A new report on undocumented workers reveals the violent consequences of immigration clampdowns for migrant workers.
‘Illegal’ labour keeps many of us alive – providing so many vital services from the trimmed vegetables in our supermarkets to the care in residential homes. Such labour is almost by definition cheap and plentiful. The defining force being the immigration and asylum laws designed, in an era of managed migration, to throw those who have not ‘achieved’ legal status into the pool of marginalised, rightless, cardless, humanity eking out a living on the margins of society.
In this pamphlet, The Wages of fear: risk, safety and undocumented work, two progressive, committed academics, David Whyte and Jon Burnett, present their findings from in-depth interviews with fourteen of the rightless – failed asylum seekers desperately trying to make enough to support them and their families as they avoid the authorities that would send them back. Their wages are appalling. Some work for as little as £2.50 per hour or £25 for a fourteen-hour day. Overtime can be imposed at will, reductions can be taken at whim. The work is often dangerous and these workers fall prey to accidents – nine of the interviewees had themselves been seriously injured. Yet no one dares to call an ambulance. That might bring the police, questions, then members of the UK Border Agency. The end.
Everyone works in fear – the fear of being found. Not the fear of being found out by employers. They know their workers are ‘illegal’ that is why they can treat them with contumely, pay them so little, discard them when done. The fear is of being caught by ‘immigration’, detained and deported. And it is the knowledge of this fear that maintains the employers’ hold over them and determines the rock bottom pay. ‘With their very presence in the country criminalised, workers are much less able to formally organise themselves or join a trade union; they are less able to seek redress if and when abused.’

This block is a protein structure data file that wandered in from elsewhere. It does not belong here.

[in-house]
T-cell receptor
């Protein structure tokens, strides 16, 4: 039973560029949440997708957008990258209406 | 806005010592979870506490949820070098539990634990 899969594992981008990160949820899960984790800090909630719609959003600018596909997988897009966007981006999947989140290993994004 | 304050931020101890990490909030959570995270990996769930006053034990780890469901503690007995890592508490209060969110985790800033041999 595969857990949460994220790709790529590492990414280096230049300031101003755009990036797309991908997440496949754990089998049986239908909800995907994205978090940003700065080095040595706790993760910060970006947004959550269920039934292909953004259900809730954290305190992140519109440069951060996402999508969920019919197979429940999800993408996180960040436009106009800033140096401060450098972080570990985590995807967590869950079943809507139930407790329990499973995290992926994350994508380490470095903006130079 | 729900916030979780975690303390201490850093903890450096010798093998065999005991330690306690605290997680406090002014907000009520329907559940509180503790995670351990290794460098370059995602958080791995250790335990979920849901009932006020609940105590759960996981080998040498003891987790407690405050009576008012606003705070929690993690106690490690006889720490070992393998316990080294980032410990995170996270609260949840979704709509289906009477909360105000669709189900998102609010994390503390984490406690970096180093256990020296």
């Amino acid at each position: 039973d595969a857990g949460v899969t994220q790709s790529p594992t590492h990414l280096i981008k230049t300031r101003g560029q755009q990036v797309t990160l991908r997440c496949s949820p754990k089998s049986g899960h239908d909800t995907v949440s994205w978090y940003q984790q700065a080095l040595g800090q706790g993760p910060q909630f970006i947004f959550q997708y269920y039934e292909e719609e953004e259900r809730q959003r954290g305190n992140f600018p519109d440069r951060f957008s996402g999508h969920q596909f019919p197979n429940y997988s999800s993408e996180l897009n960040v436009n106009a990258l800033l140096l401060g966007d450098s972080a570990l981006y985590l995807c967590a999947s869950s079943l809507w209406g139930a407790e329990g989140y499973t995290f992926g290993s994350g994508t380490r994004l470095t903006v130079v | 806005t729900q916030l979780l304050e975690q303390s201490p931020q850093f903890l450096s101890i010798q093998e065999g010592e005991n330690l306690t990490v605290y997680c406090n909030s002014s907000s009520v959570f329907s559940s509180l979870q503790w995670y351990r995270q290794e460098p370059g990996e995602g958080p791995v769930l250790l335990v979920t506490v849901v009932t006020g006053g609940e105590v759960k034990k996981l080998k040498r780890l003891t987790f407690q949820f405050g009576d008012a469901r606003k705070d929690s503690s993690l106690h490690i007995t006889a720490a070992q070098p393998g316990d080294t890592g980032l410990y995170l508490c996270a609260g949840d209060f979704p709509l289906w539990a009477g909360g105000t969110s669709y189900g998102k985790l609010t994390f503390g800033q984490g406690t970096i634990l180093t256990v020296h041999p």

The authors show that this exploitation is not just a matter of nasty, shady employers and gang masters but the socio-economic context and a constructed labour market segment consequent on the EU’s vision of ‘flexicurity’. This term is used in the EU to signal a supposed common interest between employer and employee in the flexibility demanded by a global economy where ‘firms are able to adjust prices, output, employment and investment more quickly in response to shocks and changes in macroeconomic policy’. In reality ‘flexicurity means the transfer of risks from employers to employees … economic flexibility is exchanged for increasing the physical risks experienced by undocumented workers.’ The report demonstrates very graphically a ‘basic contradiction at the heart of the state’ between a law enforcement that ensures health and safety and the ravages wrought by immigration laws.
This 40-page pamphlet is a quick and easy read and tells you everything you need to know about that iniquity at the heart of our economy.
Download the The Wages of fear: risk, safety and undocumented work here (pdf file, 352kb)